I am most relieved that this quilt is off my machine. The last 3 days have been hard to sew. Probably because there has been as much picking out of stitches as there has been of actual quilting. I was calling it Fester because my soul was festering underneath the need to finish it. But now that it is done, the name should be aptly changed. The quilt is an Opportunity quilt for the Folsom Quilt and Fiber Quilt Guild in Folsom, CA. It will be raffled off sometime around the time of their quilt show in February of 2011. This was my first time handling and working with the Cherrywood hand-dyes. I love batiks and the subtle variations that they have. These are similar to those, except that the finish on them is a bit drabber. They are likened to suede-fabric. The blocks on the quilt are 7.5", with 0.5" logs. Unfortunately, I ran into issues with the construction of some of these blocks. They were made by many different guild members, and each one has a different interpretation of 0.25" seam allowance. A few too many of them were closer to 0.1" and had stitches on the verge of popping out. It really challenged my sanity some days.
The last straw was the day I found an area with absolutely no seam allowance...ie., a hole. I just cannot fix that so it is up to the owners to deal with. I hope now that it is completed that all issues can be quickly forgotten. I have learned a few things about working diagonally with quilts. Lessons learned the hard way.
The focal center of the quilt is not really at the center of the quilt so I wanted to accentuate it somehow. The quilting is a little more formal with the pebbling around the almond shapes. I should say that the theme of this quilt show is Back Home Again. The coordinator wanted the quilt to somehow incorporate the Valley Oak, which is indiginous to that area. I hope I have done this acceptably. It is subtle, but it is there in a way that cannot be missed.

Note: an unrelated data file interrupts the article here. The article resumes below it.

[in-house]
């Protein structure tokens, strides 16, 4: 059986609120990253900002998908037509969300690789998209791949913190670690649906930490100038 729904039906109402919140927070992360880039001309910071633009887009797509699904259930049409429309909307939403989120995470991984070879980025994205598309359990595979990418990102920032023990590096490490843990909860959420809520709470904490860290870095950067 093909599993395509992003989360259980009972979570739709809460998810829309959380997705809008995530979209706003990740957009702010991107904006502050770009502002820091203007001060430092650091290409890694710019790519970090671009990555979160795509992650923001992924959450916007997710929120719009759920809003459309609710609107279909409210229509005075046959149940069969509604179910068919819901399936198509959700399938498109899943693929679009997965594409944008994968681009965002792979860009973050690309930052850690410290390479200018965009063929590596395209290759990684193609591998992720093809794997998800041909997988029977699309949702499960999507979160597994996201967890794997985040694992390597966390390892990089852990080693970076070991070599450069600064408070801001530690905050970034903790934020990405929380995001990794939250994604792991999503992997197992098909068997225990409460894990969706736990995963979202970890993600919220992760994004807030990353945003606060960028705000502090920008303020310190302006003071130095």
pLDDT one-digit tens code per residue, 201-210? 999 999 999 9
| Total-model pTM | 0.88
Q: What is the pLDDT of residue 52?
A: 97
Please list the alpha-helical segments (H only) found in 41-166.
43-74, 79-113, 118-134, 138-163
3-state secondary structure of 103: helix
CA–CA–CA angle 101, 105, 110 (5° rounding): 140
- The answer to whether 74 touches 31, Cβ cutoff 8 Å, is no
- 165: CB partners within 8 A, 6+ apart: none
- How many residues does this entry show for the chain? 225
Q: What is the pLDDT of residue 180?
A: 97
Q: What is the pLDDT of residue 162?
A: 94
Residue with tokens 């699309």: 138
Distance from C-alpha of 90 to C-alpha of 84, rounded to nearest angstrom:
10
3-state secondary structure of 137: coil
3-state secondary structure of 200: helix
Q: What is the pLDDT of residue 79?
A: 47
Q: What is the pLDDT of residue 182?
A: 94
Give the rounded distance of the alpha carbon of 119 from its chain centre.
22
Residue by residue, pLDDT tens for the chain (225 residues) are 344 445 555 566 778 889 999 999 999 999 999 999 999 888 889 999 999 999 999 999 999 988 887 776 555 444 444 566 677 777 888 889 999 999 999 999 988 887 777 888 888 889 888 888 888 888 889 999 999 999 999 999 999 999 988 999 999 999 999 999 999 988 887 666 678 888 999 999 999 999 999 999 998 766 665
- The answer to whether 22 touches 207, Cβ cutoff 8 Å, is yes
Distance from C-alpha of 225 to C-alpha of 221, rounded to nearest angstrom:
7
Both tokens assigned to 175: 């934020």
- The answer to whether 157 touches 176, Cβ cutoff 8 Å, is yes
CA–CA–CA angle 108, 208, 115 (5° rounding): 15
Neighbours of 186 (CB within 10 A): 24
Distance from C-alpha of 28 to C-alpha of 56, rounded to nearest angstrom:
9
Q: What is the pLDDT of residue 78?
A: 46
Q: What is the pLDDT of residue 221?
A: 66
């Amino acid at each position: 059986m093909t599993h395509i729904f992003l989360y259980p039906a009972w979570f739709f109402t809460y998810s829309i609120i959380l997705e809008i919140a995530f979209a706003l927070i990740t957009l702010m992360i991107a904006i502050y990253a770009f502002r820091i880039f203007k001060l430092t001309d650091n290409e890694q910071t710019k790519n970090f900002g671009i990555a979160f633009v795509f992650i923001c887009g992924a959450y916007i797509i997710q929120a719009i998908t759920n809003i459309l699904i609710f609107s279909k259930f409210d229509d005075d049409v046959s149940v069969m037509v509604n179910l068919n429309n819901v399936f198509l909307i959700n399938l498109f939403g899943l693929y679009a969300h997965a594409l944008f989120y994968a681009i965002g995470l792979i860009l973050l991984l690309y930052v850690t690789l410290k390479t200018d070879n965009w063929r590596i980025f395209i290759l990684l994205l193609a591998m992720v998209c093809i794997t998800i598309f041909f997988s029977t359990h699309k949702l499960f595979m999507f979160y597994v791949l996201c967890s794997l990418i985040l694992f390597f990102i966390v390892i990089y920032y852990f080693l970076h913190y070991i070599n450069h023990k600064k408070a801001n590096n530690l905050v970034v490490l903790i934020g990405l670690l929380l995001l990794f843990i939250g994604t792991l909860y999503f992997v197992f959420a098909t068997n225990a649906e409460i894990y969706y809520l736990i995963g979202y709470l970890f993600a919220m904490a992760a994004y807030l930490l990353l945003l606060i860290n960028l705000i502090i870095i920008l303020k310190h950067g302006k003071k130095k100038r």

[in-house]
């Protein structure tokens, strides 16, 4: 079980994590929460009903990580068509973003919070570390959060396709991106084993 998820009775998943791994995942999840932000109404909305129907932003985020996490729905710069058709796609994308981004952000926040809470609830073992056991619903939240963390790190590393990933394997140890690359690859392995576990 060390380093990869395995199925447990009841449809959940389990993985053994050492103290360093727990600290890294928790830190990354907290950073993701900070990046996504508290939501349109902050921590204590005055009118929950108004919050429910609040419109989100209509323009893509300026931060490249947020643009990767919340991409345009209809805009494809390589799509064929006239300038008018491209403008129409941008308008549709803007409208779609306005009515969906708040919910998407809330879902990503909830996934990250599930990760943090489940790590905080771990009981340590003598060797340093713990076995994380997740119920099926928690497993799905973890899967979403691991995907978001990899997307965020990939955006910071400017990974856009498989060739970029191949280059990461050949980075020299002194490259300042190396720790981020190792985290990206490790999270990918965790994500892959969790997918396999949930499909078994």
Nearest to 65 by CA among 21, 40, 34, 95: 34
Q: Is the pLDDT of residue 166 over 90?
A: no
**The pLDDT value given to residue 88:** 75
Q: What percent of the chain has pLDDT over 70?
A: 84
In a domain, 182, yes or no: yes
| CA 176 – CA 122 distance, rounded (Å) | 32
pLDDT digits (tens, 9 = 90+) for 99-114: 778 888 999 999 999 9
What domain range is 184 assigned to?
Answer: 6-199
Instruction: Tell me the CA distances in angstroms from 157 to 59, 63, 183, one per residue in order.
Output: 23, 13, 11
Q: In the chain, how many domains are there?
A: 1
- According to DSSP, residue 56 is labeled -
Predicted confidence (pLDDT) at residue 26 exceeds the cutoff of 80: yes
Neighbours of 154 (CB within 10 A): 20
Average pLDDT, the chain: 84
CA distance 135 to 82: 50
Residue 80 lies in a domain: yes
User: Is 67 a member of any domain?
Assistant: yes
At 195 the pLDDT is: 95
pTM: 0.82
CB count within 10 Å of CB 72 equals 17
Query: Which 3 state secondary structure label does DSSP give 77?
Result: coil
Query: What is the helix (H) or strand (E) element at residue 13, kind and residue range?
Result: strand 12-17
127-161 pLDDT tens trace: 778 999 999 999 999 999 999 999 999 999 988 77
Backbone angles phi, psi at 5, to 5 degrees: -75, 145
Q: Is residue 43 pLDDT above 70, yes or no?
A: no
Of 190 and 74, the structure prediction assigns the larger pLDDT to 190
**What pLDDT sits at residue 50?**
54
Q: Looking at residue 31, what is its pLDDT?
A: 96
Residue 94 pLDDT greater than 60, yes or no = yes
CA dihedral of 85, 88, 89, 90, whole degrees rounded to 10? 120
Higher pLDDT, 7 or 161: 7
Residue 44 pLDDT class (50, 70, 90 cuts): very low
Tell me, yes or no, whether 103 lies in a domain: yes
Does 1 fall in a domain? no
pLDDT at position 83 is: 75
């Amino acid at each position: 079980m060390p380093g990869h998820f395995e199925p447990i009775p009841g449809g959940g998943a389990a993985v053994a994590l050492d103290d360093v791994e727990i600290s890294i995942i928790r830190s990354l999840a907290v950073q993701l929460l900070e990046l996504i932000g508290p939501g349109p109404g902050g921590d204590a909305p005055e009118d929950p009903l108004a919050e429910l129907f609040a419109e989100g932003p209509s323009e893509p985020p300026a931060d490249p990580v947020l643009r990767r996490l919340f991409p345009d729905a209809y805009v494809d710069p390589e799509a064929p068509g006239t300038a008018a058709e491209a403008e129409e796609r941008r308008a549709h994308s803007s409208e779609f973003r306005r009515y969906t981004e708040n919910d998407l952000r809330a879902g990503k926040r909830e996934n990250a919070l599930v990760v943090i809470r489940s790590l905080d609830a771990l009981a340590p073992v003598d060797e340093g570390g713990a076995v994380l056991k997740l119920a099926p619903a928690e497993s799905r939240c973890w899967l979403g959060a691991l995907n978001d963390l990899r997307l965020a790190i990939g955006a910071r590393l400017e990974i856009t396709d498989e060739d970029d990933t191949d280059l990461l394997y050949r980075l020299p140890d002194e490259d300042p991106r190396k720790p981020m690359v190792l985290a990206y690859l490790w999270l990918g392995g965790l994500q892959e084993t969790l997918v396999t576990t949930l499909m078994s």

I have double batted this quilt - it has a layer of Hobbs 80/20 and a layer of Polydown. The quilt is heavy, and shows the quilting nicely. I used 4 different Superior threads on this: one that matches the border exactly, a lighter beige for the light logs, a medium brown for the darker logs, and then a red was added for accents. I realized that the delineation between the dark and light logs was not laying down well, so I outline quilted each leaf and added swirls in the dark areas with the red too. This helped to make the red leaf squares lay flat. You can hardly see the color difference inthe photo.
The borders of this quilt kick ass. Large plain borders kinda scare me. These are 10", and they are sort of like going onstage naked (not that I'd really know this first-hand) because absolutely everything that you quilt shows. Not like a print or a darker fabric. I'm not sure I handled the space between the leaf swirls and the feather as gracefully as is possible, but then. I do love the narrow 0.5" piano keys.
Here is the back of the quilt. Though I waffled on my feelings yesterday, I am very glad that I convinced the owner to ditch the floral backing she'd sent originally and to go with a solid. This is a medium brown Cherrywood. I think they call the color ochre. It shows all the threads I used so I had to be extremely careful on all my feather back tracking. I think it will be really pretty hanging after it is bound.
It is a pretty texture.
It is a pretty texture.